The lack of tact of this proposal given the current national and international political environment is not what people found most astonishing. Indeed there were firstly a lot of concerns raised by journalist unions and human rights advocates as to how democratic such a decision was. Questions surrounding freedom of expression rose, as many wondered if France, with this proposal, was really holding up to its reputation as the “Land of Human Rights”? These are concerns that were raised even within Parliament, where many judged the article as too unclear when it came to the interpretation of what counted as “harming […] physical or mental integrity”. Many even suggested the article be scrapped altogether as they anticipated the backlash, and questioned the fairness of this proposal for the public.
Indeed, when French police officers have continued to intimidate, target and show unjustified violence towards French citizens -especially minorities – for decades, it could be argued that they are the ones harming their integrity, rather than us. Darmanin has tried to explain that the real and only goal behind this law is to counter the hatred that the police receive on social media. But can we really blame people for being outraged after watching a video of a man dying because he was kneeled on for over 7 minutes as he cried and begged officers to let him breathe? Can you blame communities who get insulted, assaulted and disrespected by the police on the daily because of the way they look or the area they live in for growing tired of the treatment they receive?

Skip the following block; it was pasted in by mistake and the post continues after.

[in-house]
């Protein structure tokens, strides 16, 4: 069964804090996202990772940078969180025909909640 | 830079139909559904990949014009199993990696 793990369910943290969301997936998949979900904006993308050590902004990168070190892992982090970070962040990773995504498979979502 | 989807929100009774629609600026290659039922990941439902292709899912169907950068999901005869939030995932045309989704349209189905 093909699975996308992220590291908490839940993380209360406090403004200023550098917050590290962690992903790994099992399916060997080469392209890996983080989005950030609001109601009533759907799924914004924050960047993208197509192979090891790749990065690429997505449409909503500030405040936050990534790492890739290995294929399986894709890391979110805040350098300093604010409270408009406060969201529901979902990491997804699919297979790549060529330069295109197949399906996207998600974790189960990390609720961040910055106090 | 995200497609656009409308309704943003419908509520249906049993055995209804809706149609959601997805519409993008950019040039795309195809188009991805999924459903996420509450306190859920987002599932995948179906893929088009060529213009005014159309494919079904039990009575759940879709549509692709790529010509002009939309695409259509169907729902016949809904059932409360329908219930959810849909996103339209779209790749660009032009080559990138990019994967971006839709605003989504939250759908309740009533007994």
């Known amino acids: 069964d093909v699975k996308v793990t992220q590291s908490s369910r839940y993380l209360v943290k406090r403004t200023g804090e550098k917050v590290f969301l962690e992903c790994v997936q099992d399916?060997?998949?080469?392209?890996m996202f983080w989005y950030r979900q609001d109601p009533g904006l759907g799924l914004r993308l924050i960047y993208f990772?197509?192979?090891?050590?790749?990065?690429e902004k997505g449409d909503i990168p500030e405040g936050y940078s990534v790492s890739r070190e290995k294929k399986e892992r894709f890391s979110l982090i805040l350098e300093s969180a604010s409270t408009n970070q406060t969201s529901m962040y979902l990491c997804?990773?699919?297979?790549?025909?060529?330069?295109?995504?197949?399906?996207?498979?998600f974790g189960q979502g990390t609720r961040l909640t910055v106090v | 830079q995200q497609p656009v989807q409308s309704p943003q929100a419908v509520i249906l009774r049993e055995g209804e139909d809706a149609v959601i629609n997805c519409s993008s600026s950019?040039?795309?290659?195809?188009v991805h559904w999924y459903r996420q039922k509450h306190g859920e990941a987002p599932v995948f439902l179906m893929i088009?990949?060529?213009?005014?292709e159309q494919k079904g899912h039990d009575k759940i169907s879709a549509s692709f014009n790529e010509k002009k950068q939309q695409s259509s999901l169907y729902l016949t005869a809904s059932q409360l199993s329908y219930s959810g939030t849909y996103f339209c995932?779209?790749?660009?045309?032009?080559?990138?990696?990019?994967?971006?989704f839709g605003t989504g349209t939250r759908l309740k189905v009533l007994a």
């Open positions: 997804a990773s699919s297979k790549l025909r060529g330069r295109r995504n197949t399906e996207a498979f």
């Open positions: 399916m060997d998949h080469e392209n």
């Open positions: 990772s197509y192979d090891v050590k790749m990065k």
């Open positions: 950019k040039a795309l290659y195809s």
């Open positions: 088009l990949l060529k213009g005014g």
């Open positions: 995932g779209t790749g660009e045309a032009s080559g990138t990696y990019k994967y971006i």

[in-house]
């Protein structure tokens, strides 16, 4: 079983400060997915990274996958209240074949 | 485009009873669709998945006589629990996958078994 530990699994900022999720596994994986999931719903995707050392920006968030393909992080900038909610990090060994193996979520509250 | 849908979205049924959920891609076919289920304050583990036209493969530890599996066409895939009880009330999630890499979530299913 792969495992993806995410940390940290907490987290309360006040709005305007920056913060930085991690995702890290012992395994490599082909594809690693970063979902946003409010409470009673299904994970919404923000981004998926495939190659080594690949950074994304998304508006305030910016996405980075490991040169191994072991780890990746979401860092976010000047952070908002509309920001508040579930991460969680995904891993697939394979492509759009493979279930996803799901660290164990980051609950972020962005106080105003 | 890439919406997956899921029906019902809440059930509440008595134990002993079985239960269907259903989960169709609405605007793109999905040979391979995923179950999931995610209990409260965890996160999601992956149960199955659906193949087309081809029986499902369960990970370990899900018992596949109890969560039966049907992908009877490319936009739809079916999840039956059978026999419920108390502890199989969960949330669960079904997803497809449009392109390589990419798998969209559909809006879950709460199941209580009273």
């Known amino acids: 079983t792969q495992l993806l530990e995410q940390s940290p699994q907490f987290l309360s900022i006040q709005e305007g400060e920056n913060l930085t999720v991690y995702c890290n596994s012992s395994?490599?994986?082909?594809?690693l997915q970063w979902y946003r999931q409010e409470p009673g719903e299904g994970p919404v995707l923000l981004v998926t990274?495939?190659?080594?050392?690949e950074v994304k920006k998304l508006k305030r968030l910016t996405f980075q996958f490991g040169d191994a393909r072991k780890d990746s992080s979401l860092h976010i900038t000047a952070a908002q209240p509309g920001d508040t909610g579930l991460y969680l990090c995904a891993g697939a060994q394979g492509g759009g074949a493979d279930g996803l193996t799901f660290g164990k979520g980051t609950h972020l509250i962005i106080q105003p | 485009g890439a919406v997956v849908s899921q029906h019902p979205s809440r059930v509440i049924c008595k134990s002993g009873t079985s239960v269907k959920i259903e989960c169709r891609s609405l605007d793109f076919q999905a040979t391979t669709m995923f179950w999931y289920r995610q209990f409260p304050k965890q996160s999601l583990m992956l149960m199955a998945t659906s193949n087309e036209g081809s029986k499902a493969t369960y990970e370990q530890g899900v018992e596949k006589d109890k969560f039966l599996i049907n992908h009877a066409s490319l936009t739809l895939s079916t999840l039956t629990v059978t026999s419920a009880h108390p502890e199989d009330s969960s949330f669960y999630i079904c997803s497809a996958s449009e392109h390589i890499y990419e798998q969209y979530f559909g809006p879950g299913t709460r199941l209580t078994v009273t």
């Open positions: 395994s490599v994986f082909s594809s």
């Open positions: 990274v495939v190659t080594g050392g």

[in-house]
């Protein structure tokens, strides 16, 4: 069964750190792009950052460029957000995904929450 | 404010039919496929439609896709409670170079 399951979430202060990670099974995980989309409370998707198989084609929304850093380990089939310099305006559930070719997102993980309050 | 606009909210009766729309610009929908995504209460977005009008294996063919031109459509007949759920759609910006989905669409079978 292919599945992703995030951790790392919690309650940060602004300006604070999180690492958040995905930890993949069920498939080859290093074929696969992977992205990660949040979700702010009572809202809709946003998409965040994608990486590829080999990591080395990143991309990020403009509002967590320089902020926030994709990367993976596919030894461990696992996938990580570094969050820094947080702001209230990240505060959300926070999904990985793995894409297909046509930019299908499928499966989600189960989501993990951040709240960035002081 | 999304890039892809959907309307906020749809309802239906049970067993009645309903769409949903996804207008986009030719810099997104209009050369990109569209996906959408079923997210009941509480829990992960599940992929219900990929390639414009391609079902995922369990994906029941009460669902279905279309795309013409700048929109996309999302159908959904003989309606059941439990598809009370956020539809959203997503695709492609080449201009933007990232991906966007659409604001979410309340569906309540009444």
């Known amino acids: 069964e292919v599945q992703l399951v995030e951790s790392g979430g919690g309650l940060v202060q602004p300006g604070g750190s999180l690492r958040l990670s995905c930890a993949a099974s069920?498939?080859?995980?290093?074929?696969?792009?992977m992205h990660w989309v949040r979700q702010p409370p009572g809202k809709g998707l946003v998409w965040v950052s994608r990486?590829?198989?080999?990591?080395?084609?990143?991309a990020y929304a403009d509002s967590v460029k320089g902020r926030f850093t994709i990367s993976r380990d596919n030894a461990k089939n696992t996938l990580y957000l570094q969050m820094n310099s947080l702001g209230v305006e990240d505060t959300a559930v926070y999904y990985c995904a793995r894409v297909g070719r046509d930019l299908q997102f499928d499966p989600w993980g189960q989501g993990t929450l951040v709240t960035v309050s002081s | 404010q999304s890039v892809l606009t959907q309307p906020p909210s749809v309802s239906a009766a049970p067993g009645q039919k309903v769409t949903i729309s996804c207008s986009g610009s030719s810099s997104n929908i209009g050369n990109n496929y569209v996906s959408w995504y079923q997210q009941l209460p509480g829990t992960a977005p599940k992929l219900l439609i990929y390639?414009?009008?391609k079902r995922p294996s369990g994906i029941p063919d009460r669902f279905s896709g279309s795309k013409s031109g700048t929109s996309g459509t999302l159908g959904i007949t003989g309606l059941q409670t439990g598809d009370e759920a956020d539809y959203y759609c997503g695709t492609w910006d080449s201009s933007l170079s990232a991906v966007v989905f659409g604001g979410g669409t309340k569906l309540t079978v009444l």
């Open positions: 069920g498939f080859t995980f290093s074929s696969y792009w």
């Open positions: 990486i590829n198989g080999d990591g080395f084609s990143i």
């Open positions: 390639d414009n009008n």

Social media trolling and online bullying are some of the most pressing issues we face as a society today. And law enforcement officials and their loved-ones, just like any other human being, of course deserve to be protected from this. But, as many continue to raise, this proposal sends an extremely confusing and hurtful message to citizens, again, especially minorities who are oppressed daily by these same police officers the government wishes to protect. The only thing it will really achieve, is divide and widen the gap between law enforcement agencies and the general public even more.
What the police need is not more protection. It is reforming. They already have so much power, especially in France where laws that increase their level of power and protection are put in place every couple of years. And this power has been misused for decades. And every day, violence and conflict between the police and the citizens they are meant to be here to protect increases. This all needs to stop: and this is what social media is trying to make sure happens. By filming, sharing, tweeting, emailing. The goal is not and was never to destroy individual policemen’s lives, and people who do share videos with that intent should indeed be punished. But an entire Nation’s freedom of speech should not be threatened by the actions of a few. And when the only way that people have found to hold the people in power accountable for the violence they are allowing is taken away from them, it is only normal that we as a Nation are horrified.